Feature Shelf #29: The Boarding School Edition

Hey, there.  Welcome back. I missed Feature Shelf over the summer. Today’s video is the first of season two, and is in honor of the return to school. I am the supplier and this is Feature Shelf #29: The Boarding School Edition

It seems to me that, at least in the movies, there are a lot more hijinks in boarding schools. Maybe being with the same people all the time lends itself to roguery. I could be wrong. But the five books that I’m going to share with you today contain a fair amount of mischief.
First up is the Disreputable History of Frankie Landau-Banks by E. Lockhart, who is in her second year of boarding school, but in her first year without her sister there. She’s upset that the Loyal Order of the Basset Hounds, a not-so-secret secret society kind of like the Skulls or the Life & Death Brigade, is boys only. So naturally, she takes over and gets everyone in trouble.
It was the pranks that got her in trouble. And pranks are fun. Just ask the characters from Culver Creek in Looking for Alaska by John Green. This is the kind of book that will make you both laugh and cry. It’s great. And I have it on good authority that the prank that main character Pudge and his friends commit at the end of the book is similar to something that Green and his friends pulled off when they were in high school.
If you’ve already read Looking for Alaska, you might also like The Tragedy Paper by Elizabeth Laban. This one is told in alternating perspectives. Exiting seniors leave presents for the incoming seniors who inherit their dorm rooms. Duncan inherits the room of Tim, who found himself in some trouble the year before. Tim’s present to Duncan was a set of CDs that chronicle the events of the previous year. It also might appeal to fans of 13 Reasons Why by Jay Asher. That one’s not set in a boarding school.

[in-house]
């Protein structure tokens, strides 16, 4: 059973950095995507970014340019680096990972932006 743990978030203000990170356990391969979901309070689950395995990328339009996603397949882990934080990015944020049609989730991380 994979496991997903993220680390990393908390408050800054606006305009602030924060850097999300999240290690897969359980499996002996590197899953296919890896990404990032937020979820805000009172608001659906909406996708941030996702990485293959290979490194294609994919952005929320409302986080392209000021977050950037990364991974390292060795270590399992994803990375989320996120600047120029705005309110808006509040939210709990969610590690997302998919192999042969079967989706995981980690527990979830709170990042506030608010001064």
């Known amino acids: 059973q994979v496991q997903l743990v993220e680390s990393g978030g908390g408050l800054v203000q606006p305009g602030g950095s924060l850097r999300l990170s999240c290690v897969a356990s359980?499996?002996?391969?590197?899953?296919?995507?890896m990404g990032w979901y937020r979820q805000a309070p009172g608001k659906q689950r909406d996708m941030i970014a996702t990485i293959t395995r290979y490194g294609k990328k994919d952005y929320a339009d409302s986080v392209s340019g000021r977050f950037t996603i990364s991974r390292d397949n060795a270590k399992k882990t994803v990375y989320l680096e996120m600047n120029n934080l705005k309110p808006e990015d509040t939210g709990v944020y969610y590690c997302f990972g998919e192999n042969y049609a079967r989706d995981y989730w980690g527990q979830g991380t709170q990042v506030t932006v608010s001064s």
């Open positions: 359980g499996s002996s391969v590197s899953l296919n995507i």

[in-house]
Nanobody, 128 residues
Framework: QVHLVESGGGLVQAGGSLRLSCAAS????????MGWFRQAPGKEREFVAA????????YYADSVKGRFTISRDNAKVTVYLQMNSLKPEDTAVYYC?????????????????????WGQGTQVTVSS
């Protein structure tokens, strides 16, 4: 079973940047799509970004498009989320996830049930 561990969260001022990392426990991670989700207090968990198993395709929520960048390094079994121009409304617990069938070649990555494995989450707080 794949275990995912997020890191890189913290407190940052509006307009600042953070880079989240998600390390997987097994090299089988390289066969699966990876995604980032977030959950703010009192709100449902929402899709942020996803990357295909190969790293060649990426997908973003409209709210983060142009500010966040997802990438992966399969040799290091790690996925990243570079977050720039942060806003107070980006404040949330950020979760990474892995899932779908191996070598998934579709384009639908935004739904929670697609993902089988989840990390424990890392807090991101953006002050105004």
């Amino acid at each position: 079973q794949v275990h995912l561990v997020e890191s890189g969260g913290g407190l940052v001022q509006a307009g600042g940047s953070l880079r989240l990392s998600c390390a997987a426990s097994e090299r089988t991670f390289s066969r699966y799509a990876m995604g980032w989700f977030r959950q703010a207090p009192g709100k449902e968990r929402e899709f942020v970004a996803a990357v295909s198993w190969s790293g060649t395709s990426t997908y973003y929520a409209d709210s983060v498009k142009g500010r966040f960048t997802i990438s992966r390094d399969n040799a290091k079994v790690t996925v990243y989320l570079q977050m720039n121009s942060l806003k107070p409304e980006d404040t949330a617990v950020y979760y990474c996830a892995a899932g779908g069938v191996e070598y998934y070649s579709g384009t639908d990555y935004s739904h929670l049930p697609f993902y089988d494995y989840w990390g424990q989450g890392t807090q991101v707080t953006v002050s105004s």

In The Raven Boys by Maggie Stiefvater, one of the boys that Henrietta’s resident psychics see in the graveyard is a boarding school boy. Seeing him in the graveyard means that he’s going to die sometime in the next year. If that’s not weird enough for you, Blue, the female protagonist, isn’t supposed to be able to see him, but she does. And she talks to him. Which means that he could be her true love. Or that she kills him. Or both.
Cassel, from White Cat by Holly Black, is no stranger to killing people. Except that only he and his family know what happened. So he’s in boarding school now and trying to lay low. He seems to do a fairly good job of it until he sleepwalks onto the top of one of the dorms. Did I mention that everyone in his family has powers? Well, except for him.
So that was five books set in boarding schools: The Disreputable History of Frankie Landau-Banks, Looking for Alaska, The Tragedy Paper, The Raven Boys and White Cat.
And that’s it for this episode. For the Feature Shelf archives and show notes, both video and podcast, or to request your own Feature Shelf check out thebooksupplier.com/featureshelf. You can also send me requests on Facebook or Twitter at thebooksupplier (all one word) or an email at thebooksupplier at gmail dot com.
I’m going to leave you there now, dear readers. Thanks for listening to Feature Shelf #29: The Boarding School Edition. As always, I am the supplier wishing you happy reading. Don’t forget to be awesome.
For previous Feature Shelves, or to see what’s coming up in the next few weeks, visit https://thebooksupplier.com/featureshelf. If you’d like to recommend other books set in boarding schools or you’d like to request your own Feature Shelf, leave it in the comments and I’ll see you there soon. Until then, I am the supplier wishing you happy reading. Don’t forget to be awesome.

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